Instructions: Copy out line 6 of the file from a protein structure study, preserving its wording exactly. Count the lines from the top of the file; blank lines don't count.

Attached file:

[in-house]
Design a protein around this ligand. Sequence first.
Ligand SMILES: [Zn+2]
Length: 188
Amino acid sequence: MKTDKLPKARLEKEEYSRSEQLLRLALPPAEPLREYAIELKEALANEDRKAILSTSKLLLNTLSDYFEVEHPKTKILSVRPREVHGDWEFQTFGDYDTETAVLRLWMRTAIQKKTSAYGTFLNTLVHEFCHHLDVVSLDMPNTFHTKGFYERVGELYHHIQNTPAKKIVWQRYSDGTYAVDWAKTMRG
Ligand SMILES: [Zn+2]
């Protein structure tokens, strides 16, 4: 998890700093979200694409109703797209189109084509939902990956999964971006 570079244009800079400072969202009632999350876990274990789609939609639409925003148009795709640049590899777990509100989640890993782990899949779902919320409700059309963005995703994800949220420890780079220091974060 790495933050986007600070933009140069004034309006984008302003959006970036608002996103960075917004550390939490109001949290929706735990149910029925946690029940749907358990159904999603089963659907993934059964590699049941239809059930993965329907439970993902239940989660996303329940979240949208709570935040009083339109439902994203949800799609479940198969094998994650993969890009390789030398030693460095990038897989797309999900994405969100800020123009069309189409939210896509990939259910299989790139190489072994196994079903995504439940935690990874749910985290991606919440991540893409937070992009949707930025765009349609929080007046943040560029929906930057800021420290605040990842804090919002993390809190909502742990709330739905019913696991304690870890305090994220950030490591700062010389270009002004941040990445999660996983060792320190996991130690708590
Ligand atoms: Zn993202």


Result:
Ligand SMILES: [Zn+2]